“We are returning to a really classical gothic horror film with very, very interesting creatures. We are not going for the hardcore, borderline porn and gore of a teen movie. There are no teen protagonists. It’s closer to a fairytale gone horribly wrong. And the creatures are quite interesting and very faithful to the original creatures in the 1973 movie.”
Del Toro had nothing to say about his proposed FRANKENSTEIN, except that we should expect an announcement soon because he is finalizing a deal during Comic-Con. On the subject of remakes, he notes that it is a cliche to suggest Hollywood has run out of ideas; after all, some of the best horror films have been re-do’s of previously filmed material. What separates the good remakes from the bad?
“I believe a remake needs to be driven by a filmmaker’s passion to tell the story and not a studio’s marketing department. That is, I think, a huge difference. If you have a filmmaker who’s very passionate to tell a story — case in point, I am absolutely insanely passionate about redoing Frankenstein, the book — then there is a valid intent.”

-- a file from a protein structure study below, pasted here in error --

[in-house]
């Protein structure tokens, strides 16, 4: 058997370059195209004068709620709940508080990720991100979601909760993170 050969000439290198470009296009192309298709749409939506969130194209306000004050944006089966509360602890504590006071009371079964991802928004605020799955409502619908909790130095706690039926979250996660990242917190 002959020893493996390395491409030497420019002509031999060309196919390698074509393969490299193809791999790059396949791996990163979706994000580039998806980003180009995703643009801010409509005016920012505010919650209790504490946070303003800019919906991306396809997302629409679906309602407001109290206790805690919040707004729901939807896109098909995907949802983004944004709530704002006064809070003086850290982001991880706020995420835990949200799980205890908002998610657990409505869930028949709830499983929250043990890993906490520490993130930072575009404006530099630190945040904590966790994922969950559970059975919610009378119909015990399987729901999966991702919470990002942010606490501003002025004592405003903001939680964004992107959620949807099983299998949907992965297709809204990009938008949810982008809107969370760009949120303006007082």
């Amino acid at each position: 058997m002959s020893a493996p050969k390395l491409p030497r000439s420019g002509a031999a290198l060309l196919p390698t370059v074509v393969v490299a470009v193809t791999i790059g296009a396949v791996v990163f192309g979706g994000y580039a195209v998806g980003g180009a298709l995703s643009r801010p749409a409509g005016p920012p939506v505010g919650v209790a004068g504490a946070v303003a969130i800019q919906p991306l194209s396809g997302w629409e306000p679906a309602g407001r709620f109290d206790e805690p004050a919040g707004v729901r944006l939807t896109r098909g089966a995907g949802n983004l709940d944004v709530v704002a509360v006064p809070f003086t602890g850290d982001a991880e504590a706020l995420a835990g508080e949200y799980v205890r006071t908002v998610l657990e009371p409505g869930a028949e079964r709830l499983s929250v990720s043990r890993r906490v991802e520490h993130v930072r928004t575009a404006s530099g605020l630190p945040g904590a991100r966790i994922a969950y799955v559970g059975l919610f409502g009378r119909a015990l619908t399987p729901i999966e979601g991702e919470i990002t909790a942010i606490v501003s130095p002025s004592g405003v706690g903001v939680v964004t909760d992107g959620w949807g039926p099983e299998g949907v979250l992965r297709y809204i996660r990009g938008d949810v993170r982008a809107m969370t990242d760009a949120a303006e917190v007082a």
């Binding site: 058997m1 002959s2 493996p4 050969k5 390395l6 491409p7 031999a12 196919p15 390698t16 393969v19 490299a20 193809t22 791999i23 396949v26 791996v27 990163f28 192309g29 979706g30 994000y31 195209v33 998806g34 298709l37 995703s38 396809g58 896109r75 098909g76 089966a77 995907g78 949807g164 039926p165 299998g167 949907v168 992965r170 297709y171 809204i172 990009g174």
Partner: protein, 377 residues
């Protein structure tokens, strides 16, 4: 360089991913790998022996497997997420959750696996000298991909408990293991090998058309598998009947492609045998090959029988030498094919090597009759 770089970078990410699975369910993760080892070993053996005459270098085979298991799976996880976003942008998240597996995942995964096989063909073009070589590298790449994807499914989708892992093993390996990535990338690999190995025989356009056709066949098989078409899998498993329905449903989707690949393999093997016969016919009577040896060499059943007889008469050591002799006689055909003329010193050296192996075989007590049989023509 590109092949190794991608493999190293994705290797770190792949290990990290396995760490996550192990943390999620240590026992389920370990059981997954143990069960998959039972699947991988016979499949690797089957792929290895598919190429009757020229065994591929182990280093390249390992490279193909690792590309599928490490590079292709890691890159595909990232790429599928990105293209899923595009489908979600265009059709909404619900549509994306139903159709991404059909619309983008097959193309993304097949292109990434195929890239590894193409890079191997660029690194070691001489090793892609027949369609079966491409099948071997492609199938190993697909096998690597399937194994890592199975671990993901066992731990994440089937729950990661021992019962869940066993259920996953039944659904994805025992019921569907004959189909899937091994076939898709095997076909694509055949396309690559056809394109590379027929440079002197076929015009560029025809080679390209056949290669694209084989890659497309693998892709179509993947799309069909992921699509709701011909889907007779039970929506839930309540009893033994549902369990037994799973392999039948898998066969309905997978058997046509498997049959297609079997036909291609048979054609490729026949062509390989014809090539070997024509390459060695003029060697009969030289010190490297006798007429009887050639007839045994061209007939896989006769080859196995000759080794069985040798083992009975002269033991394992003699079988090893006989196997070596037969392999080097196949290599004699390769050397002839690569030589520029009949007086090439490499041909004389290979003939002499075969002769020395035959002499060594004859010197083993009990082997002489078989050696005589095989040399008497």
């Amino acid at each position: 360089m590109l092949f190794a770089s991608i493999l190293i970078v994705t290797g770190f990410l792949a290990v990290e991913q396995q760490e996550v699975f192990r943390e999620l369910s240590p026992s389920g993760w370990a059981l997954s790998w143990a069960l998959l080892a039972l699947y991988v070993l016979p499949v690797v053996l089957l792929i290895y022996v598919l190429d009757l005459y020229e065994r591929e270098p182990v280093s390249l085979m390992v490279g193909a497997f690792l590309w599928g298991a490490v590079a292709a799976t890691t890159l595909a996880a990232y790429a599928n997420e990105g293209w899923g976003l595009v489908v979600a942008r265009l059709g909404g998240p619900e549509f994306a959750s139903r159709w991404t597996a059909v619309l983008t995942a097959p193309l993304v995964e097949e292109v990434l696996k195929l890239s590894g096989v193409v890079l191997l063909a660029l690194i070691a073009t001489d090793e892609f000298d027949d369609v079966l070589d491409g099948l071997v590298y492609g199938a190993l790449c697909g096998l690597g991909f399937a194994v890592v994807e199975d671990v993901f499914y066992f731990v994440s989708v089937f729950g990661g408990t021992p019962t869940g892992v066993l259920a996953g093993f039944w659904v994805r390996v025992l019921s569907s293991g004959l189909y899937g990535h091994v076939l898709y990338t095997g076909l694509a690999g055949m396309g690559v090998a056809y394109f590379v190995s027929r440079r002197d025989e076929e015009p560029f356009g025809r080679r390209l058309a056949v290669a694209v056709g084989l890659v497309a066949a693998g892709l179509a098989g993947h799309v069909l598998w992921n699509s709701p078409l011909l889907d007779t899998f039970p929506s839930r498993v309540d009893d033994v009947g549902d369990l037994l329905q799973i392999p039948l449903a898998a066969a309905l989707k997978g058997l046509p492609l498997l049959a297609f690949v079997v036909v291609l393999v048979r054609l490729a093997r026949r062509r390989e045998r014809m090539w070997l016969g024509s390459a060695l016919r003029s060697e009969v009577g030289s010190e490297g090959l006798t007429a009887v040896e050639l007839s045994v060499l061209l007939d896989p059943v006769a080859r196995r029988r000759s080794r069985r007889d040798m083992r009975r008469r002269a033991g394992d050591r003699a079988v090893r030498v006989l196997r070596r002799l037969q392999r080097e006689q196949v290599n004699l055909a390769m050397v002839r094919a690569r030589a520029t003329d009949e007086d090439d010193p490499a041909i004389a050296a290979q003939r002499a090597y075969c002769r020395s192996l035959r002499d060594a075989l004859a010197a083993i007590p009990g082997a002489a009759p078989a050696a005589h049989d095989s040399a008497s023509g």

According to The Hollywood Reporter
Warner Brother’s LOGAN’S RUN remake may be back up on it’s feet, with yet another director in talks to take on the project, long mired in ‘Development Hell’. Carl Rinch, known mainly for commercials and the short futuristic film THE GIFT (watch at left) for Philips Electronics, had previously been up for the ALIEN Prequel — before producer Ridley Scott decided to direct it himself.
Apparently, Joel Silver (PREDATOR) and Akiva Goldsman (I AM LEGEND) remain in place as producers, though the piece suggests a new script will be commisioned.
In recent years, figures such as Byran Singer (SUPERMAN RETURNS), James McTeigue (1st A.D., THE MATRIX Trilogy) and Joseph Kosinski (TRON: LEGACY) have been in line to helm the film, but nothing ever came to fruition. Logan’s Runbegan as a 1967 SF novel by William F. Nolan and George Clayton Johnson. It was made into a visually impressive, if not critically well-recieved film in 1976 by MGM.
The next year, it was spun off into a short-lived (14 episodes) CBS Televsion series, hoping to tap into some of the sci-fi interest generated by STAR WARS. Despite it’s low budget, it’s fondly remembered by some SF fans.
In both the movie and the series, people reached their “Lastday” at 30. In the book, citizens were terminated at 21. This caused those not willing to die to become ‘Runners’, pursued by ‘Sandmen’, a police force that will put them to sleep for good.
The book had two print follow-up novels by Nolan, Logan’s World and Logan’s Search. There’s also an e-novellette Logan’s Return.
There are a number of differences between the novel and the previous screen versions, some of which a remake could exploit to its advantage.